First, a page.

WASHINGTON (Reuters) - Singapore's police have pledged to share with the FBI evidence they collected in the death of Shane Todd, an American engineer found hanged in his Singapore apartment in June, Singaporean foreign minister, K. Shanmugam, said on Tuesday.
Todd's death is at the center of what has become a delicate bilateral issue between Singapore and the United States.
Senator Max Baucus, who represents Todd's home state of Montana, has been pressing for more U.S. involvement into the inquiry into his death. He said he would "stop at nothing" to satisfy Todd's parents or determine that there had been no transfer of technology that might jeopardize U.S. national security.
"Today's meeting is about getting answers, getting complete answers," said Baucus, who is also chairman of the powerful Senate Finance Committee, which oversees trade deals.
"So far we're unable to get the answers we need to know what happened to Shane, Shane Todd. We're unable to know the degree to which there might have been some breach of national security. So far answers have not been forthcoming," Baucus said.
Todd's parents contend the 31-year-old's death was not a suicide, but that he was murdered because of his involvement in a project between Singapore's Institute of Microelectronics, or IME, and the Chinese telecommunications company Huawei shortly before his death.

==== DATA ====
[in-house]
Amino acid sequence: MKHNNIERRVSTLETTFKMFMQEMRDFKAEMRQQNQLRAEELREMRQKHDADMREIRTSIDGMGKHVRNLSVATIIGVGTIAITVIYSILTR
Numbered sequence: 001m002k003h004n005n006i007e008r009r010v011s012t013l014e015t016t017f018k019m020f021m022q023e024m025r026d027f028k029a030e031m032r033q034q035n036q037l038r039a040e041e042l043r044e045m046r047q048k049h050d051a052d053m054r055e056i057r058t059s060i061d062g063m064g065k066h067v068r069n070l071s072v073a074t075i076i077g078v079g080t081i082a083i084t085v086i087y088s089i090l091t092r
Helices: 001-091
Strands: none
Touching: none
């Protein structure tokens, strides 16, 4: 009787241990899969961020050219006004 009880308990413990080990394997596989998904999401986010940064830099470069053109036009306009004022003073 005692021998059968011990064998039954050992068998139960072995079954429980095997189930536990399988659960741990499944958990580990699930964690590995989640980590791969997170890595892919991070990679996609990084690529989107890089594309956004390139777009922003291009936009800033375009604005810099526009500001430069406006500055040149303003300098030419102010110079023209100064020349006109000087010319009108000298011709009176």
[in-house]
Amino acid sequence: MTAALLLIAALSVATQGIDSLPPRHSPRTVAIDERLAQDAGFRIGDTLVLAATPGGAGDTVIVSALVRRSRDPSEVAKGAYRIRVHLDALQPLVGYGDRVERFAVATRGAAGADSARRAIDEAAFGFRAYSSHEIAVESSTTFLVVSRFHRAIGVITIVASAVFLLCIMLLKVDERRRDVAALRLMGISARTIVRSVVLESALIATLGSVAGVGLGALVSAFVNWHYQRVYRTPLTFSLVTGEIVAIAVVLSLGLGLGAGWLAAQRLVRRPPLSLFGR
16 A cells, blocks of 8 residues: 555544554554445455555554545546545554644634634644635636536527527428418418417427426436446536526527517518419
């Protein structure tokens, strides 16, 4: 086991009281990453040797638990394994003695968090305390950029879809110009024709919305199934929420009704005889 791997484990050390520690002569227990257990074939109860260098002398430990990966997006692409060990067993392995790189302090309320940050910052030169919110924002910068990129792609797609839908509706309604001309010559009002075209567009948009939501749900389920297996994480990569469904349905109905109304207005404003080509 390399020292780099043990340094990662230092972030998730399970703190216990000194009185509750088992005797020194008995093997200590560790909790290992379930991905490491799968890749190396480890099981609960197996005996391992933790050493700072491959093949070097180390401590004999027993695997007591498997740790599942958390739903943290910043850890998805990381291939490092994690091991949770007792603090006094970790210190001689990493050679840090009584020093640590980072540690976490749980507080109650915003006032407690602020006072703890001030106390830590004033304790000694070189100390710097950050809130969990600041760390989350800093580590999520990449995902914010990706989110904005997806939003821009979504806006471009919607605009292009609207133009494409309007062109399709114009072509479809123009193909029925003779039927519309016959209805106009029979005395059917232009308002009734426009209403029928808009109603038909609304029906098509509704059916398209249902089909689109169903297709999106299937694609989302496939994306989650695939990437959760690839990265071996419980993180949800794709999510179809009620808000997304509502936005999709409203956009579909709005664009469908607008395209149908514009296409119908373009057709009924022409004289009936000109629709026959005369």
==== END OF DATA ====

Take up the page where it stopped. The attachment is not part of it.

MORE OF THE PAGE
Shanmugam and Singapore's ambassador to the United States, Ashok Kumar Mirpuri, met with Baucus at his Senate office and then held a news conference about Todd's case. Shanmugan was meeting with Secretary of State John Kerry on issues including the case on Wednesday.
"We are committed to working with and making it clear exactly what happened and getting to the bottom of it," Shanmugan said.
"The Singapore police force will be happy to share the evidence it has obtained and the FBI can look through it," he said.
He said all of the government's evidence would be presented for public enquiry, where Todd's family could hire lawyers and take part, and that Singapore had felt it was inappropriate to discuss the case before the enquiry.
Huawei said last month it had not worked with an institute in Singapore on any projects in Todd's field of expertise, which was Gallium Nitride (GaN), an advanced semiconductor material that has both commercial and military purposes.
Shanmugan said the IME is subject to "very rigorous audit" to ensure there was no improper transfer of technology. "We are very happy for a U.S. team to come down and look at the projects and it will be very clear that there was no transfer of technology."
(Reporting by Patricia Zengerle; editing by Jackie Frank)